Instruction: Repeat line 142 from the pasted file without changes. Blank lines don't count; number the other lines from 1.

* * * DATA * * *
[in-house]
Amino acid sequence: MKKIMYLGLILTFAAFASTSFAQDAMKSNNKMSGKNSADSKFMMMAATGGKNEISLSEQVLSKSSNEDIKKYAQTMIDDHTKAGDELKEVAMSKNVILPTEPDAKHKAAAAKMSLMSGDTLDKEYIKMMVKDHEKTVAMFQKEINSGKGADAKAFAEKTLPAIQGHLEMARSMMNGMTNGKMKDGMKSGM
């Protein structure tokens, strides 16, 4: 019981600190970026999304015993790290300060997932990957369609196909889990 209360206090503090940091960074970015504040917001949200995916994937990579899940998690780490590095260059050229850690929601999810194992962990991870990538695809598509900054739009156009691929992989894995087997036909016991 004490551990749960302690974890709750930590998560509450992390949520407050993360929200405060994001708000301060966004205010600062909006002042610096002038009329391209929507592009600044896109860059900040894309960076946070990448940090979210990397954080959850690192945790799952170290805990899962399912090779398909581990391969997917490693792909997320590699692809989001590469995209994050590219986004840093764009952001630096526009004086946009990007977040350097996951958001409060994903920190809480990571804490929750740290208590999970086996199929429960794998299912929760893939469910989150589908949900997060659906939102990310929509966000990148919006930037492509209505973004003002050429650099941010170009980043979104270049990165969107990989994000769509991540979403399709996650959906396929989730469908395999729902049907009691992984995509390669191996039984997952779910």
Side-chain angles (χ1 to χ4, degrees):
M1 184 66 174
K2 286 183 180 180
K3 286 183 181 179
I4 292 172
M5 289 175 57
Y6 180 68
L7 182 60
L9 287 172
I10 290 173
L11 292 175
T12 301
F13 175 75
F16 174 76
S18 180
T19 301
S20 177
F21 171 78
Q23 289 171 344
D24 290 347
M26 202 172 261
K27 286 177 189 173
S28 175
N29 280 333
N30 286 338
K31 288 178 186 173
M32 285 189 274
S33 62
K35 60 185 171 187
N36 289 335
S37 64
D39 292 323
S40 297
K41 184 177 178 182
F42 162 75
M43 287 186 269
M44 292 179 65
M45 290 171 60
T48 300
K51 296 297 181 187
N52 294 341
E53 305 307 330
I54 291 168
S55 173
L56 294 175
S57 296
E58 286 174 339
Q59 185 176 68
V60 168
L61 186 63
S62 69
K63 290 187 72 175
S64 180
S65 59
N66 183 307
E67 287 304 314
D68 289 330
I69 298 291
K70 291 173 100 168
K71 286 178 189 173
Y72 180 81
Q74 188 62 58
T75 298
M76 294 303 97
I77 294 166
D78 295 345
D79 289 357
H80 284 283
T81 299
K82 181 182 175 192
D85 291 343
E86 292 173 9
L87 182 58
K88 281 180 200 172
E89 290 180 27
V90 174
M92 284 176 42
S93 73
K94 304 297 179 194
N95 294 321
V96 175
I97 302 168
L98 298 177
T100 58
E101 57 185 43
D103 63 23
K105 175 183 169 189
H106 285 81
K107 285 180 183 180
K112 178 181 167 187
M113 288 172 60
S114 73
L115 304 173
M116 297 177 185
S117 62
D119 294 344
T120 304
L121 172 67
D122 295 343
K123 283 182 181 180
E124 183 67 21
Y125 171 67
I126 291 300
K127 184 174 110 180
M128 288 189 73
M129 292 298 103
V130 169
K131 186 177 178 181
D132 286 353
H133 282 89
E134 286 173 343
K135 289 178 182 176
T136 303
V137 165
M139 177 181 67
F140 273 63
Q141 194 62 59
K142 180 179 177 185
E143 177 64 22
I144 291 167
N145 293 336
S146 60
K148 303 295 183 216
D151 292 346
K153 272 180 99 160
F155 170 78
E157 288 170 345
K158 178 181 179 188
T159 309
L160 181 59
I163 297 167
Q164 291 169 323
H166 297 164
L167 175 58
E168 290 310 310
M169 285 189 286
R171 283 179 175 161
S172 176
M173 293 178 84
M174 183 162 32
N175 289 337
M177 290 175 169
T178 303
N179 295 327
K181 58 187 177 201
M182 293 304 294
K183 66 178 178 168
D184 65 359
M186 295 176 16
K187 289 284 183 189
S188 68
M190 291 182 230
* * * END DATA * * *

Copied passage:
M173 293 178 84